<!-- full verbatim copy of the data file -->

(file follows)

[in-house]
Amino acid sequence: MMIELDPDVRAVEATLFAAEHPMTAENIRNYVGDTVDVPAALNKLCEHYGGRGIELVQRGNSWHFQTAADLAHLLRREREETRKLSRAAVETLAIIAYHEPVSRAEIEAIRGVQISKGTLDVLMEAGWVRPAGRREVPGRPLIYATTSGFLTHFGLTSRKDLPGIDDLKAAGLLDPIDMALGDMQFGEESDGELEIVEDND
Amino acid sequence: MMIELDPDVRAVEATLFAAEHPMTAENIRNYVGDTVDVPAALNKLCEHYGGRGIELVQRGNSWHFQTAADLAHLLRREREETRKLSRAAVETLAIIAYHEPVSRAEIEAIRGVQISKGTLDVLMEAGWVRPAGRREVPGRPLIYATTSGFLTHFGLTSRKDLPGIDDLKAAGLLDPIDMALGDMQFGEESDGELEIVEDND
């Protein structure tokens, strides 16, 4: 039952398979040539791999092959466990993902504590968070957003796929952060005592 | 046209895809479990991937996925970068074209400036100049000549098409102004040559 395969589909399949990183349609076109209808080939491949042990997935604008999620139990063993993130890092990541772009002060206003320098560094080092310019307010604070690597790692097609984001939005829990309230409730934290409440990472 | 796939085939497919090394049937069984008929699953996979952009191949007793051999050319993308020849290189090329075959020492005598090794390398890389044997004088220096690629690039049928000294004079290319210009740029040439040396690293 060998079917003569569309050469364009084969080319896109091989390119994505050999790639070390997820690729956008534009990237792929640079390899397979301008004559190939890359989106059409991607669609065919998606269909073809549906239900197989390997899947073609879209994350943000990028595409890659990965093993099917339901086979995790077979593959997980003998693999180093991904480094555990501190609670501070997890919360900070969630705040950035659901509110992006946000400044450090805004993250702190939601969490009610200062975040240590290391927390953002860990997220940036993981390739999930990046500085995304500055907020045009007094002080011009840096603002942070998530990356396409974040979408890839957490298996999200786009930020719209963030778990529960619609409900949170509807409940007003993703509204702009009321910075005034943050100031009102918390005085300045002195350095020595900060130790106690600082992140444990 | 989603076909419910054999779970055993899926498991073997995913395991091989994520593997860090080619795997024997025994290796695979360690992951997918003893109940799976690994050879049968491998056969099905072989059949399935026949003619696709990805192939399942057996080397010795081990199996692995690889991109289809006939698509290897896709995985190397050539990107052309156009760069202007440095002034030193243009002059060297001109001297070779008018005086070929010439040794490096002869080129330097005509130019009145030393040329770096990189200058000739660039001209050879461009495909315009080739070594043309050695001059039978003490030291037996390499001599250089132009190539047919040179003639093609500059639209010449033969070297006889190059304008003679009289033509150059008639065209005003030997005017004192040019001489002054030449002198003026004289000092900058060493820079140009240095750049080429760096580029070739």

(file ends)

[in-house]
Amino acid sequence: MMIELDPDVRAVEATLFAAEHPMTAENIRNYVGDTVDVPAALNKLCEHYGGRGIELVQRGNSWHFQTAADLAHLLRREREETRKLSRAAVETLAIIAYHEPVSRAEIEAIRGVQISKGTLDVLMEAGWVRPAGRREVPGRPLIYATTSGFLTHFGLTSRKDLPGIDDLKAAGLLDPIDMALGDMQFGEESDGELEIVEDND
Amino acid sequence: MMIELDPDVRAVEATLFAAEHPMTAENIRNYVGDTVDVPAALNKLCEHYGGRGIELVQRGNSWHFQTAADLAHLLRREREETRKLSRAAVETLAIIAYHEPVSRAEIEAIRGVQISKGTLDVLMEAGWVRPAGRREVPGRPLIYATTSGFLTHFGLTSRKDLPGIDDLKAAGLLDPIDMALGDMQFGEESDGELEIVEDND
């Protein structure tokens, strides 16, 4: 039952398979040539791999092959466990993902504590968070957003796929952060005592 | 046209895809479990991937996925970068074209400036100049000549098409102004040559 395969589909399949990183349609076109209808080939491949042990997935604008999620139990063993993130890092990541772009002060206003320098560094080092310019307010604070690597790692097609984001939005829990309230409730934290409440990472 | 796939085939497919090394049937069984008929699953996979952009191949007793051999050319993308020849290189090329075959020492005598090794390398890389044997004088220096690629690039049928000294004079290319210009740029040439040396690293 060998079917003569569309050469364009084969080319896109091989390119994505050999790639070390997820690729956008534009990237792929640079390899397979301008004559190939890359989106059409991607669609065919998606269909073809549906239900197989390997899947073609879209994350943000990028595409890659990965093993099917339901086979995790077979593959997980003998693999180093991904480094555990501190609670501070997890919360900070969630705040950035659901509110992006946000400044450090805004993250702190939601969490009610200062975040240590290391927390953002860990997220940036993981390739999930990046500085995304500055907020045009007094002080011009840096603002942070998530990356396409974040979408890839957490298996999200786009930020719209963030778990529960619609409900949170509807409940007003993703509204702009009321910075005034943050100031009102918390005085300045002195350095020595900060130790106690600082992140444990 | 989603076909419910054999779970055993899926498991073997995913395991091989994520593997860090080619795997024997025994290796695979360690992951997918003893109940799976690994050879049968491998056969099905072989059949399935026949003619696709990805192939399942057996080397010795081990199996692995690889991109289809006939698509290897896709995985190397050539990107052309156009760069202007440095002034030193243009002059060297001109001297070779008018005086070929010439040794490096002869080129330097005509130019009145030393040329770096990189200058000739660039001209050879461009495909315009080739070594043309050695001059039978003490030291037996390499001599250089132009190539047919040179003639093609500059639209010449033969070297006889190059304008003679009289033509150059008639065209005003030997005017004192040019001489002054030449002198003026004289000092900058060493820079140009240095750049080429760096580029070739």